Public Sector Employees’ Absenteeism to Be Tracked Using Software in Nova Scotia

Canadian province Nova Scotia is implementing a special campaign to track the rate of absenteeism among employees in the public sector. With this program, the government hopes to save money and gain insights into missed work hours.

According to Laura Lee, Public Service Commissioner, the province has to suffer losses of up to US$26 million because of absenteeism of employees in the public sector. Lee quoted this figure while filing a statement with the public accounts committee of the legislature. According to estimates, employees from the public sector miss 12.65 days on an average, annually. Similarly,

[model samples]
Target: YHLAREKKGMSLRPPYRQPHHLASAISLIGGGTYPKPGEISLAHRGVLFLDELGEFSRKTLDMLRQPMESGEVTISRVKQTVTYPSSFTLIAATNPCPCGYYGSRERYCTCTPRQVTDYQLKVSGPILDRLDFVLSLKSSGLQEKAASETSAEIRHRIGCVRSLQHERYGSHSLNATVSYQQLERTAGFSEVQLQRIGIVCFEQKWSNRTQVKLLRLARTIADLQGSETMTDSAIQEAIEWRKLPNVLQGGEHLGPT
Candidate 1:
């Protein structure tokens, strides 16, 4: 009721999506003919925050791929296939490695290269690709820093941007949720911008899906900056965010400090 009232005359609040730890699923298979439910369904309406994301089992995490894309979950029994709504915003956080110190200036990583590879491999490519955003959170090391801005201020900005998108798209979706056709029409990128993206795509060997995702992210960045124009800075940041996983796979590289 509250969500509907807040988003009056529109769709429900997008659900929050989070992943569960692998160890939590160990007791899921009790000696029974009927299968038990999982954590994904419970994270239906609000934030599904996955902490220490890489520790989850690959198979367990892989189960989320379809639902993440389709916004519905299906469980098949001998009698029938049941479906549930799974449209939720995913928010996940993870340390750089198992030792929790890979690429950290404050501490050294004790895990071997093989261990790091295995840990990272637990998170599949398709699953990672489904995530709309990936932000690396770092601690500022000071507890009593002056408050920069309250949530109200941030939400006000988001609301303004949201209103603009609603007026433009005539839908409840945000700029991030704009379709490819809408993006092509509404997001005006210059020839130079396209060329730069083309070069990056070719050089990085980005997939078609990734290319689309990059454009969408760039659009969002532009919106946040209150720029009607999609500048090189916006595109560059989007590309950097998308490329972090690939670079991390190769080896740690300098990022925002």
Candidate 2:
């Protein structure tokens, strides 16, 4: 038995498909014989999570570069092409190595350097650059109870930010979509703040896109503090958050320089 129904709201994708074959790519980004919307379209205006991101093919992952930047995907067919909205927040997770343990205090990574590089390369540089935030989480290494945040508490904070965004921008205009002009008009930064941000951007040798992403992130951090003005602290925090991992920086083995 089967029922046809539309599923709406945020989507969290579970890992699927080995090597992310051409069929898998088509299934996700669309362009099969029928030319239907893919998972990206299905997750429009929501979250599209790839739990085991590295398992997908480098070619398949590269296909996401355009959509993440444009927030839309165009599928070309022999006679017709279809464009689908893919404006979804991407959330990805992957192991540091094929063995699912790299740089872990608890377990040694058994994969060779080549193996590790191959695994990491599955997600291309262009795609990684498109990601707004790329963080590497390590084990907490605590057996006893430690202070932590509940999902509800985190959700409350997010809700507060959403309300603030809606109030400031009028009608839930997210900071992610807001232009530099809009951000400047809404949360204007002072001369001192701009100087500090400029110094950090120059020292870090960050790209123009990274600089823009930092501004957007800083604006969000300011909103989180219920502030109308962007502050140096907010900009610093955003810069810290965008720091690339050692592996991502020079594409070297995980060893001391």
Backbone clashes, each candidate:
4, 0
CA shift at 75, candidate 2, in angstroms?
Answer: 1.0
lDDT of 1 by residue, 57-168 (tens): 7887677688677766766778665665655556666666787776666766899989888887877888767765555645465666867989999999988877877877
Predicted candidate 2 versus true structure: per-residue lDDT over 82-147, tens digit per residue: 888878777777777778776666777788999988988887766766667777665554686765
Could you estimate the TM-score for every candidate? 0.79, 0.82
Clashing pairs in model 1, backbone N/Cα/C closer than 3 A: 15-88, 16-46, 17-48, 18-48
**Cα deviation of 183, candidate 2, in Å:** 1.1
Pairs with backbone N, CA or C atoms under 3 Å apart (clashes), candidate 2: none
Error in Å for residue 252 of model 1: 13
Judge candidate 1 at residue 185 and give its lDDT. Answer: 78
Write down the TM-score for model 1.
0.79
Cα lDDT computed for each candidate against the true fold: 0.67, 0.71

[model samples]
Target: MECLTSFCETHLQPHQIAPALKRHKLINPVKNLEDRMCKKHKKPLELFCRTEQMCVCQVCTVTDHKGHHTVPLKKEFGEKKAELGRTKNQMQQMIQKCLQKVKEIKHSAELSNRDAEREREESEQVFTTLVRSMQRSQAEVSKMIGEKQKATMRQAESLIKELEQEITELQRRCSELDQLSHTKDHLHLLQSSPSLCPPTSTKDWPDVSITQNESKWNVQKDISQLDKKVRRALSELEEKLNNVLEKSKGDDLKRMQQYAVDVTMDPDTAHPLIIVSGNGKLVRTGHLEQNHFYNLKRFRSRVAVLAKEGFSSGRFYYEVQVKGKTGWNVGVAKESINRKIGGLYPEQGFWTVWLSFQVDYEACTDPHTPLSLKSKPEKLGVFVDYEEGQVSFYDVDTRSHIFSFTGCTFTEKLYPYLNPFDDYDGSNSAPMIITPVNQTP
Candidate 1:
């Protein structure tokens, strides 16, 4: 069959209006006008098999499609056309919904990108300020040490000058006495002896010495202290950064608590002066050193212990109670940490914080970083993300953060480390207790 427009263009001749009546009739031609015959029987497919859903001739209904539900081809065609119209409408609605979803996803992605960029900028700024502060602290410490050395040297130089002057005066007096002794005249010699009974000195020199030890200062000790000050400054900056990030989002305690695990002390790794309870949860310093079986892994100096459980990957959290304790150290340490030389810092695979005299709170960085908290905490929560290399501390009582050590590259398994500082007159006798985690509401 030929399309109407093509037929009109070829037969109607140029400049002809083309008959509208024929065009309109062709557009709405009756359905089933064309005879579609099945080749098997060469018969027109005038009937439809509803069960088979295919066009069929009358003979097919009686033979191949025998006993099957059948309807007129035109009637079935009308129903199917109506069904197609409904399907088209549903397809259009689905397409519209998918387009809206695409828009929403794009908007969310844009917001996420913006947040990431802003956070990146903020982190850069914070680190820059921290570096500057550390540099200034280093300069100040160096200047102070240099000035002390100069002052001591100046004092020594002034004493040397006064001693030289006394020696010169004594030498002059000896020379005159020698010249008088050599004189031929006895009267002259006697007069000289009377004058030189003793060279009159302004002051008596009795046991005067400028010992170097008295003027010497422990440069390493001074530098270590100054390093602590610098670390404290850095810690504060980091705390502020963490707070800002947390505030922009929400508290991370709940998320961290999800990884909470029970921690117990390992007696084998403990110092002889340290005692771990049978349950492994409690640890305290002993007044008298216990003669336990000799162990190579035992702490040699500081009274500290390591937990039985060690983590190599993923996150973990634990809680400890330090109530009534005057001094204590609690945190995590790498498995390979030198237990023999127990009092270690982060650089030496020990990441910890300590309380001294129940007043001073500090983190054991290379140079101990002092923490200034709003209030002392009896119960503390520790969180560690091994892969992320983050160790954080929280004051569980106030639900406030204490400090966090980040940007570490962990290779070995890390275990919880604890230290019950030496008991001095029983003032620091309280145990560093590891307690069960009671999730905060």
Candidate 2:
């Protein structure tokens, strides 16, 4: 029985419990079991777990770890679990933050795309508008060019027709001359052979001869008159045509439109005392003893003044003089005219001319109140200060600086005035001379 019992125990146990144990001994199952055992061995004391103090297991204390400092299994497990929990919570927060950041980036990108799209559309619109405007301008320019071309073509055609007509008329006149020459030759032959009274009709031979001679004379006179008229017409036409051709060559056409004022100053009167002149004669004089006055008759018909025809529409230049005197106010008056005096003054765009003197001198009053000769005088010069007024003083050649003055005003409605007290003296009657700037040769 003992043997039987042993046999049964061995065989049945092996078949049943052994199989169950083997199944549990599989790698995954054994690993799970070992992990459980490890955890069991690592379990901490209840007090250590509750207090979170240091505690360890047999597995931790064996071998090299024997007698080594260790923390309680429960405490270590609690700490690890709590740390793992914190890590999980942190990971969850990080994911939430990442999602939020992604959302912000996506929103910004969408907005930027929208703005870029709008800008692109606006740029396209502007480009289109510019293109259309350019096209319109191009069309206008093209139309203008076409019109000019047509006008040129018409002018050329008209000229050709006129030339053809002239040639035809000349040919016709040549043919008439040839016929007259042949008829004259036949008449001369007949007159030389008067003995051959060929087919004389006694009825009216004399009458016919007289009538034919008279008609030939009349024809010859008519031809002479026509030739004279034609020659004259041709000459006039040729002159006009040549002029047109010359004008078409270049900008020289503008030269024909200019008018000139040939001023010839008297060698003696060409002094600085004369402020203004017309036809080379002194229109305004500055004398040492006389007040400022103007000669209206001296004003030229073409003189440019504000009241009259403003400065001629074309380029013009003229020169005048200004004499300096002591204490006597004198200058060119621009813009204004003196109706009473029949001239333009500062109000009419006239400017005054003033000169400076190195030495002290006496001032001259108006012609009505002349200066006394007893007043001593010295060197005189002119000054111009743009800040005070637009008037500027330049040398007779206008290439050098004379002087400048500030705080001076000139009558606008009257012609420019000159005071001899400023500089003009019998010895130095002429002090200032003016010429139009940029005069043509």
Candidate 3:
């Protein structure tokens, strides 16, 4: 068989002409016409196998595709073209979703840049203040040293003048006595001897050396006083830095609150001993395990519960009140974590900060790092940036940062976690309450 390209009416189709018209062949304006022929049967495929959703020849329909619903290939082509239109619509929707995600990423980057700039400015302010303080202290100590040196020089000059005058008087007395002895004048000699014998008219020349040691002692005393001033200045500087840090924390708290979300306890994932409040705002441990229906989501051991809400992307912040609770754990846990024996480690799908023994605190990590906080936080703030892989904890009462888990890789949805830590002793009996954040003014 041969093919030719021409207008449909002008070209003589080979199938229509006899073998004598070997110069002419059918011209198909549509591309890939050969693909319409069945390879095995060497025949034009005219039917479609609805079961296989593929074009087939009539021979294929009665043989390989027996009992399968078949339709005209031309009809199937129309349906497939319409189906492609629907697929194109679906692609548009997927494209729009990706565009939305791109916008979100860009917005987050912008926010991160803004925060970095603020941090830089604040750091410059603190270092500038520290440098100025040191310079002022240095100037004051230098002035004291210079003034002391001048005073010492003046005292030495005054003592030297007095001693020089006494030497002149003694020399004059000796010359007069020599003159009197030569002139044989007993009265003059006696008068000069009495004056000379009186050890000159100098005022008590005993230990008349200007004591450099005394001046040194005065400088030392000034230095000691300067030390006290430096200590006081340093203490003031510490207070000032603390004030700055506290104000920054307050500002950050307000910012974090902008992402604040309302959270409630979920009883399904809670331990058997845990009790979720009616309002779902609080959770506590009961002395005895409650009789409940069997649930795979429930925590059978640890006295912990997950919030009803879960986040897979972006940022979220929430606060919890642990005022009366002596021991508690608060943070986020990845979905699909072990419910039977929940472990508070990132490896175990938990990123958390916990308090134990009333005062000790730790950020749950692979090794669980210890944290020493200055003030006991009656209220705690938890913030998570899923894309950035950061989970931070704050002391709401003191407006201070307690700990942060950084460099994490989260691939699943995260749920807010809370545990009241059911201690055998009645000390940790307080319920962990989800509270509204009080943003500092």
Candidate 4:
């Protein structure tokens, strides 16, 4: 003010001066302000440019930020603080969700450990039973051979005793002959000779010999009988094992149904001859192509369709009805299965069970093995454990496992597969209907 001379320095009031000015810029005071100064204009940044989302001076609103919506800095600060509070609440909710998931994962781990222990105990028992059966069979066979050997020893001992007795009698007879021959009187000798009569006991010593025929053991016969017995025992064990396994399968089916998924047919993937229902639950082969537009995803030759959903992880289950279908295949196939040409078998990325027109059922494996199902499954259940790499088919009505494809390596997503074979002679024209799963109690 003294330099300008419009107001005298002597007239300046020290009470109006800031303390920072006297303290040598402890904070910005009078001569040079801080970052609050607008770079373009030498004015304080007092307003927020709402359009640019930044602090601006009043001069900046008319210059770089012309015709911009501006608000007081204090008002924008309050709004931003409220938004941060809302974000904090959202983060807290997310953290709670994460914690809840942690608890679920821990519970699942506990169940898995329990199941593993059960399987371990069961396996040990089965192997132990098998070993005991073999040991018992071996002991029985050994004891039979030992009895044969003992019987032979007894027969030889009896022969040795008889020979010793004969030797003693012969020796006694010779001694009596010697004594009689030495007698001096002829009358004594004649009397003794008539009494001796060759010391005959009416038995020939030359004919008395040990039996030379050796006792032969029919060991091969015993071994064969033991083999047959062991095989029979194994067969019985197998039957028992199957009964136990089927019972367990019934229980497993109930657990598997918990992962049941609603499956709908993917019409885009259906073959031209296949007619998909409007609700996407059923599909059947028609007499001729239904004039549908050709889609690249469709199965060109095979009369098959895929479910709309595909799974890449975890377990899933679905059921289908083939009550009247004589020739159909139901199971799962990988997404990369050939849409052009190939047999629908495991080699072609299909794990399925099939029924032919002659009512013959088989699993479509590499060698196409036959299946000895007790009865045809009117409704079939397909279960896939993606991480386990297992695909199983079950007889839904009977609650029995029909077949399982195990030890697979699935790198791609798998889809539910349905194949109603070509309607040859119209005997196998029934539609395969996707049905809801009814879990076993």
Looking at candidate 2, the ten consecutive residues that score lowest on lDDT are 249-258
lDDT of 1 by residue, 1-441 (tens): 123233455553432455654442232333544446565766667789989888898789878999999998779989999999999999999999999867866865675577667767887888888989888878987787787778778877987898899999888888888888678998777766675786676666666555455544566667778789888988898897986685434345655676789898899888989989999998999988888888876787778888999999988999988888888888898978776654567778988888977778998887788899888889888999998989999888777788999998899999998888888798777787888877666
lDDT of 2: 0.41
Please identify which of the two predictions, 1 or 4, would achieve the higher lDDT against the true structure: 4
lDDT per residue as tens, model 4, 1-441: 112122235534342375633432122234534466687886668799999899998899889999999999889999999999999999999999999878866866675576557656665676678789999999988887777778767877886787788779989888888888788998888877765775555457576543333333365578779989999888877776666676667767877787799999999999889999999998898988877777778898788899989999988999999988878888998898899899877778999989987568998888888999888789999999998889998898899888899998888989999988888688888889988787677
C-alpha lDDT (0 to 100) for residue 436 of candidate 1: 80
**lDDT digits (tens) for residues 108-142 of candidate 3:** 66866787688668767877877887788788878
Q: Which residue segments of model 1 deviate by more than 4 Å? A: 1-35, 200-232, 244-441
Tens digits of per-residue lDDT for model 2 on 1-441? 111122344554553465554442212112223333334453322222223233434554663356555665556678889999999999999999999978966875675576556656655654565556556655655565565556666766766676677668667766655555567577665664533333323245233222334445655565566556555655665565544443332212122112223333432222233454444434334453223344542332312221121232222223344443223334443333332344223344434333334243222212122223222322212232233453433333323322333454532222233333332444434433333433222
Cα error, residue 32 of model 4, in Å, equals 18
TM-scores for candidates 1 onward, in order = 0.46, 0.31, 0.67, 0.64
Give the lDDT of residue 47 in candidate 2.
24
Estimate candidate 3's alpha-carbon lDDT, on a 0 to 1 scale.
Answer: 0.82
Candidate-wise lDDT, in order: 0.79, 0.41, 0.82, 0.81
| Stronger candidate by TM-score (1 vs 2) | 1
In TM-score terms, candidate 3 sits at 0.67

These figures do not take into account a majority of public sector employees in the education (school boards) and healthcare sector (district health authorities).

Consider this: the regional school board in Halifax spent nearly US$13.2 million for engaging substitute teachers in academic year 2013-14. Similarly, absenteeism at Capital Health translated into costs of a whopping US$21.65 million.

As part of this program to check absenteeism, the authorities will make use of pattern-tracking software. This will make it possible to monitor the absenteeism of employees and also track trends, ultimately allowing the identification of specific challenges that people have to deal with at work, or outside of it.

According to the rule book, employees in the public sector are entitled to 18 days of sick leave in a year. However, according to authorities, 12.65 days of missed work on account of sickness is high. These views are shared by MLA Tim Houston, who thinks that the issue of absenteeism should be just as relevant in the public sector as it is in the private public.


Post a Comment

Note: only a member of this blog may post a comment.

Latest Post

Market Research Reports